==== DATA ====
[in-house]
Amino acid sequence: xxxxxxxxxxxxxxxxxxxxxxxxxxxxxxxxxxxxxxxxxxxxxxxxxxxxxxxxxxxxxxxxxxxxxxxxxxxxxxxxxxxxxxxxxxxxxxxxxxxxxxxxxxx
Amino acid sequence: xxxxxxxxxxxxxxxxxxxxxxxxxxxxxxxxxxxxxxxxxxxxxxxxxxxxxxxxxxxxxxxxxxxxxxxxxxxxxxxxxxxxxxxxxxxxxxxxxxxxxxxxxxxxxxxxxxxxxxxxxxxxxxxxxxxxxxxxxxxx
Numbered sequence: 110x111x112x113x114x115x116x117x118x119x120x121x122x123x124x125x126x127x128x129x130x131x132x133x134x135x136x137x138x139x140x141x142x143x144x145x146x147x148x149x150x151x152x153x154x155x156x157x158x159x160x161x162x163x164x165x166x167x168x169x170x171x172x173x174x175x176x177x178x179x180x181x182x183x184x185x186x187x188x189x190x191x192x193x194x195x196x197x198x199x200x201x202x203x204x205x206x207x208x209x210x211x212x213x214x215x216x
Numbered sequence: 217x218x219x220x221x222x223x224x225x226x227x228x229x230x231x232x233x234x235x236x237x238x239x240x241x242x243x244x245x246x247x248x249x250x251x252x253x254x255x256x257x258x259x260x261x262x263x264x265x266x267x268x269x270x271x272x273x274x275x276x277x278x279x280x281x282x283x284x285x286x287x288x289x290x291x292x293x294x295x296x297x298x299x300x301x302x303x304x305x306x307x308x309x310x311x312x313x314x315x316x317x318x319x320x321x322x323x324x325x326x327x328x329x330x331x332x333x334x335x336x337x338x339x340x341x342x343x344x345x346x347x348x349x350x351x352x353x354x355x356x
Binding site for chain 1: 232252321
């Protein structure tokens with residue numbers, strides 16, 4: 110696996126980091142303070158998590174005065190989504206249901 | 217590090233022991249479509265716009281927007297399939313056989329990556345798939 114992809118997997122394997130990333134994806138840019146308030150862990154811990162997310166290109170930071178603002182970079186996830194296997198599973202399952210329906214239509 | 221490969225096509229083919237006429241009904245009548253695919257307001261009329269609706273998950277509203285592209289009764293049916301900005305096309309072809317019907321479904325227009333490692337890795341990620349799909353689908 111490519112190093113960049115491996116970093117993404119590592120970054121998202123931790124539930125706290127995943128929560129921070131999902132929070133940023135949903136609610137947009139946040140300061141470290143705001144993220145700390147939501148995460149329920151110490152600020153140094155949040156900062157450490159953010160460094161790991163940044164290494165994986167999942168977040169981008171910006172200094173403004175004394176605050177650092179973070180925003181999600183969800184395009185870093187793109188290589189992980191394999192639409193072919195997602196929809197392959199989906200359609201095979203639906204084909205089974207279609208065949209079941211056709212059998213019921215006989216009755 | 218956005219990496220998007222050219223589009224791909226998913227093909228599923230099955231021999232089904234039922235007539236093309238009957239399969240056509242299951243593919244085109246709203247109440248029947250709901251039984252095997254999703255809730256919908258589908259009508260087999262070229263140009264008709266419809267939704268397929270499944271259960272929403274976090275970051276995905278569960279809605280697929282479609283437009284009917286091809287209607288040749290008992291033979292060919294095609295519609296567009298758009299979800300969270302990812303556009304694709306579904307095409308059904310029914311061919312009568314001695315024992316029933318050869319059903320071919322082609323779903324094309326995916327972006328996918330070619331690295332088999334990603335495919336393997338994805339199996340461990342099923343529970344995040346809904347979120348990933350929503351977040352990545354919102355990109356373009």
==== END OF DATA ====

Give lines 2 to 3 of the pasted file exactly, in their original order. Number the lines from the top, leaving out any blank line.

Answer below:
Amino acid sequence: xxxxxxxxxxxxxxxxxxxxxxxxxxxxxxxxxxxxxxxxxxxxxxxxxxxxxxxxxxxxxxxxxxxxxxxxxxxxxxxxxxxxxxxxxxxxxxxxxxxxxxxxxxx
Amino acid sequence: xxxxxxxxxxxxxxxxxxxxxxxxxxxxxxxxxxxxxxxxxxxxxxxxxxxxxxxxxxxxxxxxxxxxxxxxxxxxxxxxxxxxxxxxxxxxxxxxxxxxxxxxxxxxxxxxxxxxxxxxxxxxxxxxxxxxxxxxxxxx